Disability Divide: Significant Gap Between Employee Perception and Reality

Disability Information

Author: Council for Disability Awareness (CDA)
Published: 2011/01/20 - Updated: 2024/02/29
Publication Type: Informative
Contents: Summary - Introduction - Main - Related

Synopsis: The Disability Divide reveals severe disconnects between what consumers believe about disability and income protection planning and the actual facts about the two issues. The study also found that 83 percent of respondents think that anyone can become disabled at any time. Inexplicably, however, a significant number don't believe they are personally at risk. Women think men are most likely to become disabled, but statistics show that across most age groups, women are more susceptible.

Introduction

The Disability Divide, a new consumer research study conducted by the Council for Disability Awareness (CDA), reveals severe disconnects between what consumers believe about disability and income protection planning and the actual facts about those two issues.

Main Digest

The research was conducted to understand wage earners' perceptions about disability, identify actual behaviors related to their perceptions, and determine if they are prepared to deal with an unexpected loss of income caused by disability. The full report can be viewed in its entirety at: www.disabilitycanhappen.org/research/consumer/

Nearly all respondents, 90 percent, rated their ability to earn an income as more valuable than any other resource in maintaining financial security. However, only 37 percent of respondents said they have thought about taking steps to protect their income.

The research identified a major disconnect between the perception and the reality of what causes disabilities. Seventy-one percent of respondents said disability is most likely caused by serious accidents. In reality, insurance statistics show that only 9 percent of long-term disability claims result from serious accidents.

"Even though serious long-term and even permanent disabilities do occur, most income- interrupting disabilities are due to more common causes like back and joint pain, chronic diseases, cancers, depression and even pregnancy," said Barry Lundquist, president of the CDA. Lundquist added that this catastrophic view of disability leads many wage earners to conclude that disabilities are far less common than in fact is the case.

Employees do recognize the impact disability can have on their income. Fifty-seven percent saw a direct correlation between disability and the inability to earn an income. Yet, 65 percent say if their income stopped they could cover expenses for at most one year. The fact is, 71 percent of Americans live from paycheck to paycheck and nearly two-thirds do not have funds earmarked for emergencies.

The study also found that 83 percent of respondents think that anyone can become disabled at any time. Inexplicably, however, a significant number don't believe they are personally at risk. Women think men are most likely to become disabled, but statistics show that across most age groups, women are more susceptible.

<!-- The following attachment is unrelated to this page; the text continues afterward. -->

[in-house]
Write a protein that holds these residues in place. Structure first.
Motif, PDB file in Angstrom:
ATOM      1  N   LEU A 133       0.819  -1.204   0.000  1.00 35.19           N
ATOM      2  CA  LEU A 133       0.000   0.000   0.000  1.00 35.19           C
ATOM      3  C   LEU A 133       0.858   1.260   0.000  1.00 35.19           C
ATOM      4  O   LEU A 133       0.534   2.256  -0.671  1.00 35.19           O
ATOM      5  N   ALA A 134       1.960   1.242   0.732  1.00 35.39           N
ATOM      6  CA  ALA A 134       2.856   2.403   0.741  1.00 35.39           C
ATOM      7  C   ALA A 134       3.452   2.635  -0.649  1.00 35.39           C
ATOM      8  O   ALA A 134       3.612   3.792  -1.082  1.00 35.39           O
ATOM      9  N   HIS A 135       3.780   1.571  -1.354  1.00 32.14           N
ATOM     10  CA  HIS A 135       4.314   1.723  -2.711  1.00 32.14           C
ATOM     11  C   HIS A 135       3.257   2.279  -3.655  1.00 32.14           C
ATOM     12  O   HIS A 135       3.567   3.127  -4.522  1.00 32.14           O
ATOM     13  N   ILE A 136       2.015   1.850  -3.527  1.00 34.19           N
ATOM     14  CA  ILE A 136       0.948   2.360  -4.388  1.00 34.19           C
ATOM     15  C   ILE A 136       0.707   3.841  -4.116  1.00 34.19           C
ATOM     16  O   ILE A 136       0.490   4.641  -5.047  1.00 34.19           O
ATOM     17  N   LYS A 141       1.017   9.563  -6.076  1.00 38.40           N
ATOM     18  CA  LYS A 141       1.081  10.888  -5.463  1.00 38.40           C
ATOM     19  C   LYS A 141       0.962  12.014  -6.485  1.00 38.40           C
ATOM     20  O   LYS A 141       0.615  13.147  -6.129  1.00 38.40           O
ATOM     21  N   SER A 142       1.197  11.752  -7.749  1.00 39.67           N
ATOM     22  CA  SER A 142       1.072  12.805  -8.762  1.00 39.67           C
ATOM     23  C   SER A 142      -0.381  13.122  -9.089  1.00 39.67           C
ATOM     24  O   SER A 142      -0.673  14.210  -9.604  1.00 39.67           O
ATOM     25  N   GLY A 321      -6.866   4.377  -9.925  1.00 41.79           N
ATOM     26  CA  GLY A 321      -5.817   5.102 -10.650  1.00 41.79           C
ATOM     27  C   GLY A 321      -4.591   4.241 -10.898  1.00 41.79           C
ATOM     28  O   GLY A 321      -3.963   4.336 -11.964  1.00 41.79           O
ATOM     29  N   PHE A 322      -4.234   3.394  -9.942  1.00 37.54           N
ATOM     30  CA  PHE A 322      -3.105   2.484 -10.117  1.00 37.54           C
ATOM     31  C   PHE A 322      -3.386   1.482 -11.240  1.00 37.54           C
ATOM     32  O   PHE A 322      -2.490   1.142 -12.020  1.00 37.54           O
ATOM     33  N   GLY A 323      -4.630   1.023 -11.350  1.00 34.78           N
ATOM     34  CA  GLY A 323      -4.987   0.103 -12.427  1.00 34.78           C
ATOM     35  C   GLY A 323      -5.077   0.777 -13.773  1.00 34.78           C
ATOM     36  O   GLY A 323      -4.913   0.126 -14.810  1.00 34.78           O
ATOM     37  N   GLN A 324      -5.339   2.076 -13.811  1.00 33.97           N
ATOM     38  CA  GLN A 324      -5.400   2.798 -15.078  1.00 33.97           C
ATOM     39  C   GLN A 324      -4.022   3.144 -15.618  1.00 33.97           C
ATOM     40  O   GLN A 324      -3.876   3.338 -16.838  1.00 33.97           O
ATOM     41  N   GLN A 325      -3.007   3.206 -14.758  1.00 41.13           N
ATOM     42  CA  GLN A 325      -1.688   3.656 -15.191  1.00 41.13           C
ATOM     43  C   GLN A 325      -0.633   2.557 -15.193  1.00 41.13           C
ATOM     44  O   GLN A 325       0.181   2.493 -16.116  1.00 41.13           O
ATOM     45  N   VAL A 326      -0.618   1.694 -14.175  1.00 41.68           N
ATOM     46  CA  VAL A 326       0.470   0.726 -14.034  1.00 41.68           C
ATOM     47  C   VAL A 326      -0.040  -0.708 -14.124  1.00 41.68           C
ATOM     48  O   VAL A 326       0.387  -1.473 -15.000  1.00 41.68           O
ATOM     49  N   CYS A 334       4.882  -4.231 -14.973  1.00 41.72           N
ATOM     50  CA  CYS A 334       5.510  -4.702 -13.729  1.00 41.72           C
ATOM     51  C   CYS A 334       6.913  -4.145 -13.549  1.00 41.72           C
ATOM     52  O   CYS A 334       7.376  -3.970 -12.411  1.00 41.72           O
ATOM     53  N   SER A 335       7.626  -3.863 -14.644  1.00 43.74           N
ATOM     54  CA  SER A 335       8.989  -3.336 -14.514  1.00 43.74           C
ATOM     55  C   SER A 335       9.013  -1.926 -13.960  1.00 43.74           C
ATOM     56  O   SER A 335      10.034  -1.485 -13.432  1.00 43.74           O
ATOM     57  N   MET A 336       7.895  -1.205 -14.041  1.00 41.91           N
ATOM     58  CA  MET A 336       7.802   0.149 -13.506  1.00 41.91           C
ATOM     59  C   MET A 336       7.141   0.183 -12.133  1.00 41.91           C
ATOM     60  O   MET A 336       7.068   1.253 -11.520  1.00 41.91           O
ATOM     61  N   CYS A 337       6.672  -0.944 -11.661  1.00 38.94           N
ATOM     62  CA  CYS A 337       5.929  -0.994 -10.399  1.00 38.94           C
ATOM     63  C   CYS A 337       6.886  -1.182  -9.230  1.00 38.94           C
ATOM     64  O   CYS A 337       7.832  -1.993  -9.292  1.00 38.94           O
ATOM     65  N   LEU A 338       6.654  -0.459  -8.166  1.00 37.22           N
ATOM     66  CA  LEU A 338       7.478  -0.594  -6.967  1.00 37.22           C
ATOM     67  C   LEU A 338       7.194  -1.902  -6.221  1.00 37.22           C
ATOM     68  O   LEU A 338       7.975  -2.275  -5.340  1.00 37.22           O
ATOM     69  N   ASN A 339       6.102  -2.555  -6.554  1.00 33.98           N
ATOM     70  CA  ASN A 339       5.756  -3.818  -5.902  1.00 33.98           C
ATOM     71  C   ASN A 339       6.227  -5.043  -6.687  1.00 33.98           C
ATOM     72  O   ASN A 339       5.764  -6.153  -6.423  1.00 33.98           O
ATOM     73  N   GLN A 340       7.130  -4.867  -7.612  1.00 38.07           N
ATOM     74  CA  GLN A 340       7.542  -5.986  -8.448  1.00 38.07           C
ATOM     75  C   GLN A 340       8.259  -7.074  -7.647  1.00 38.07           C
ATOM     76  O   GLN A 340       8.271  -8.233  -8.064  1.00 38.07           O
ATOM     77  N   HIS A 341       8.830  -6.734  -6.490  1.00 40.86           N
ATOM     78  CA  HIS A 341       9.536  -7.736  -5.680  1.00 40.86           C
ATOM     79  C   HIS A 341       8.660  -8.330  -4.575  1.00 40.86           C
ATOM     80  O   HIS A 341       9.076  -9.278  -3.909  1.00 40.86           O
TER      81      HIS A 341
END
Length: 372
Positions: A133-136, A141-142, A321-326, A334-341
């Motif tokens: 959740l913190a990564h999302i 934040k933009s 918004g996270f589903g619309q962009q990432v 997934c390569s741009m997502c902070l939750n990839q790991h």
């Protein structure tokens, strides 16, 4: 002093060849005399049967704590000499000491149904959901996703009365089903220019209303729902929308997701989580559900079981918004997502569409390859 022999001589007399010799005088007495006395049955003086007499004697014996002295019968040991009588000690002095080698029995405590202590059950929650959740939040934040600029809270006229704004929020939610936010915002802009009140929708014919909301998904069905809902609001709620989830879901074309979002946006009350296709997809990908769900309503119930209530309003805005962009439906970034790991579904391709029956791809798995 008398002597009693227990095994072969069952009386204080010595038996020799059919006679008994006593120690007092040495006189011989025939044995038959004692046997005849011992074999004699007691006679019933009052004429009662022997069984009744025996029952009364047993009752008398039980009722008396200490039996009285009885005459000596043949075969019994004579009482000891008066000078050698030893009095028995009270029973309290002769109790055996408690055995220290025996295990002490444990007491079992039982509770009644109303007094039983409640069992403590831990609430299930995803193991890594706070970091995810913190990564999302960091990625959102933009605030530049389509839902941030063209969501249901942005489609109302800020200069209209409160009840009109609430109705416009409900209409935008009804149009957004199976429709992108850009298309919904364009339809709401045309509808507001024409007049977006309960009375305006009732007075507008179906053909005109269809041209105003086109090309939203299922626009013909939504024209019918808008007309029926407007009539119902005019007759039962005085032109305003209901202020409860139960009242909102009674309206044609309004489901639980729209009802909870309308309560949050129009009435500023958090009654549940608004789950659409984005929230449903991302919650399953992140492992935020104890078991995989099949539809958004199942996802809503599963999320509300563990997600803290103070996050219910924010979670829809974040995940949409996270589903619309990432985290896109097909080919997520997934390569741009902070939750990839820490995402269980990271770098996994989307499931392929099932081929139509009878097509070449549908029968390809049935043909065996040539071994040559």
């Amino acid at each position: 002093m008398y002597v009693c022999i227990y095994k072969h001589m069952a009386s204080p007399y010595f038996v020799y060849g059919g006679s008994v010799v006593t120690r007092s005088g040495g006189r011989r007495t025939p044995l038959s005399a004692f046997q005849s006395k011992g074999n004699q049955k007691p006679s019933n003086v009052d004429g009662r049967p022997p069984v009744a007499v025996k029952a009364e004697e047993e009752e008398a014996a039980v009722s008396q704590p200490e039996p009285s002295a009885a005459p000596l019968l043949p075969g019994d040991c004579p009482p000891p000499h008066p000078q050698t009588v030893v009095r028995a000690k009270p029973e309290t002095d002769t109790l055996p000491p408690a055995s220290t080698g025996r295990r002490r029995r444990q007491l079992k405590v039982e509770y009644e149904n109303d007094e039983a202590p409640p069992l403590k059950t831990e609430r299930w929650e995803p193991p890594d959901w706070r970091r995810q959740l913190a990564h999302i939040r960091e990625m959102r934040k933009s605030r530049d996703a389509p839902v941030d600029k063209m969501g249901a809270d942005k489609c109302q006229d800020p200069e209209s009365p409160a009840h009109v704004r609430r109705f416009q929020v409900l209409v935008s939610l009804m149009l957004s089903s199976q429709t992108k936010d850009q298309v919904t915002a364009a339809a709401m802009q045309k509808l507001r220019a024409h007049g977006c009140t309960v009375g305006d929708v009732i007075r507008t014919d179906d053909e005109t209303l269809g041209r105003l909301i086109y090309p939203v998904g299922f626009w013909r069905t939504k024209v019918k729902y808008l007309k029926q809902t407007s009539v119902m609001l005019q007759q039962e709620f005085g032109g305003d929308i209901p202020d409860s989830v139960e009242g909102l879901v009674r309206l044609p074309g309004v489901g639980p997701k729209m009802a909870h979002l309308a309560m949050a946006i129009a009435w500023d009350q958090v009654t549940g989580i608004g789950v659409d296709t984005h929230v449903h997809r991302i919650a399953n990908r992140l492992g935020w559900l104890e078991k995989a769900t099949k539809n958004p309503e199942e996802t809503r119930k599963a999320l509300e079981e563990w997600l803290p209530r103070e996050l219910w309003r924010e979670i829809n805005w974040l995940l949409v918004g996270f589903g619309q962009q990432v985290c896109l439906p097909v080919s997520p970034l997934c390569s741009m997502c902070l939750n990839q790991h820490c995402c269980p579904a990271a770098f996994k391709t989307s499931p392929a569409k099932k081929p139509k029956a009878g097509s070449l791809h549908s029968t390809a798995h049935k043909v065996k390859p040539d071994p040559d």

"These gaps in understanding such a fundamental financial security issue are alarming," said Lundquist. "Employees need to be better educated on how likely it is that either illness or injury can keep them out of work for a prolonged period of time, and how they can protect themselves and their incomes from that risk."

Lundquist says employees need to talk with their employers and other advisers about what their benefits will cover if they become disabled. "Understanding is only half the battle; employees must take action to protect their income in case they become sick or injured," said Lundquist

"In today's world where employees perceive that financial security is more fragile "and more valued "than ever before, we all need to recognize that all financial security ultimately starts with the income stream," said Lundquist. "Protection of that income stream is more critical than ever before."

The CDA offers resources and information for consumers, employers, HR personnel and financial advisers to educate themselves and others about the likelihood of disability and its devastating effects. Disability preparedness tools and resources are available at: www.disabilitycanhappen.org

Council for Disability Awareness (CDA)

The Council for Disability Awareness (CDA) is a non-profit group dedicated to helping the American workforce become aware of the growing likelihood of disability and its financial consequences. The CDA engages in communications, research and educational activities that provide information and helpful resources to wage earners, their families, employers and others who are concerned about disability and the impact it can have on wage earners and their families.

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Cite This Page (APA): Council for Disability Awareness (CDA). (2011, January 20 - Last revised: 2024, February 29). Disability Divide: Significant Gap Between Employee Perception and Reality. Disabled World. Retrieved July 21, 2024 from www.disabled-world.com/disability/disability-divide.php

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